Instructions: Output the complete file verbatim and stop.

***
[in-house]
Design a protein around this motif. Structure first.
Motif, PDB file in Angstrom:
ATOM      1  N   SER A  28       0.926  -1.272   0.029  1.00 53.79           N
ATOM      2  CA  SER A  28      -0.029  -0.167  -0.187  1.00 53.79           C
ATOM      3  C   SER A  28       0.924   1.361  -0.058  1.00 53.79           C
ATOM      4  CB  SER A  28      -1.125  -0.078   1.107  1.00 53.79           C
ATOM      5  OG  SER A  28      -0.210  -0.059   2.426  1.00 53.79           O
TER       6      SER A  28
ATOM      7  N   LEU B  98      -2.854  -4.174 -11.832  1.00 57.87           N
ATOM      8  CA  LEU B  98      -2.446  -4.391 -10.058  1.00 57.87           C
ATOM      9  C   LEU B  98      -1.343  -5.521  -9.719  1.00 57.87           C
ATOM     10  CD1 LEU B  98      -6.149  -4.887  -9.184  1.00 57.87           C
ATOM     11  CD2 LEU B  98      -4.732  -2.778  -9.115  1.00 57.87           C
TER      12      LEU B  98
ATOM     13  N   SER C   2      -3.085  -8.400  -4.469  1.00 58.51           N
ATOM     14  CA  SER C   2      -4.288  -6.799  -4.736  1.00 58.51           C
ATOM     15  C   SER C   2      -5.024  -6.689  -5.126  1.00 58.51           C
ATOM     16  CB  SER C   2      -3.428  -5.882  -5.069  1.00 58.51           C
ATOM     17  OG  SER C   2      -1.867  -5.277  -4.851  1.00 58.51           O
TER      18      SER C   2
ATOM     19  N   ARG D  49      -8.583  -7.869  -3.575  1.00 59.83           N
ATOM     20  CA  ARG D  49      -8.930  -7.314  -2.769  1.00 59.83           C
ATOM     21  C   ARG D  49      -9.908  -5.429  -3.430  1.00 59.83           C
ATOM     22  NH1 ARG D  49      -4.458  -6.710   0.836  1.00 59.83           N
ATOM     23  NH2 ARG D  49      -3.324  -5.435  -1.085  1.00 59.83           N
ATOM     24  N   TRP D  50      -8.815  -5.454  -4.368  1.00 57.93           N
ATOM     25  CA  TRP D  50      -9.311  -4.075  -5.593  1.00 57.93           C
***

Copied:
[in-house]
Design a protein around this motif. Structure first.
Motif, PDB file in Angstrom:
ATOM      1  N   SER A  28       0.926  -1.272   0.029  1.00 53.79           N
ATOM      2  CA  SER A  28      -0.029  -0.167  -0.187  1.00 53.79           C
ATOM      3  C   SER A  28       0.924   1.361  -0.058  1.00 53.79           C
ATOM      4  CB  SER A  28      -1.125  -0.078   1.107  1.00 53.79           C
ATOM      5  OG  SER A  28      -0.210  -0.059   2.426  1.00 53.79           O
TER       6      SER A  28
ATOM      7  N   LEU B  98      -2.854  -4.174 -11.832  1.00 57.87           N
ATOM      8  CA  LEU B  98      -2.446  -4.391 -10.058  1.00 57.87           C
ATOM      9  C   LEU B  98      -1.343  -5.521  -9.719  1.00 57.87           C
ATOM     10  CD1 LEU B  98      -6.149  -4.887  -9.184  1.00 57.87           C
ATOM     11  CD2 LEU B  98      -4.732  -2.778  -9.115  1.00 57.87           C
TER      12      LEU B  98
ATOM     13  N   SER C   2      -3.085  -8.400  -4.469  1.00 58.51           N
ATOM     14  CA  SER C   2      -4.288  -6.799  -4.736  1.00 58.51           C
ATOM     15  C   SER C   2      -5.024  -6.689  -5.126  1.00 58.51           C
ATOM     16  CB  SER C   2      -3.428  -5.882  -5.069  1.00 58.51           C
ATOM     17  OG  SER C   2      -1.867  -5.277  -4.851  1.00 58.51           O
TER      18      SER C   2
ATOM     19  N   ARG D  49      -8.583  -7.869  -3.575  1.00 59.83           N
ATOM     20  CA  ARG D  49      -8.930  -7.314  -2.769  1.00 59.83           C
ATOM     21  C   ARG D  49      -9.908  -5.429  -3.430  1.00 59.83           C
ATOM     22  NH1 ARG D  49      -4.458  -6.710   0.836  1.00 59.83           N
ATOM     23  NH2 ARG D  49      -3.324  -5.435  -1.085  1.00 59.83           N
ATOM     24  N   TRP D  50      -8.815  -5.454  -4.368  1.00 57.93           N
ATOM     25  CA  TRP D  50      -9.311  -4.075  -5.593  1.00 57.93           C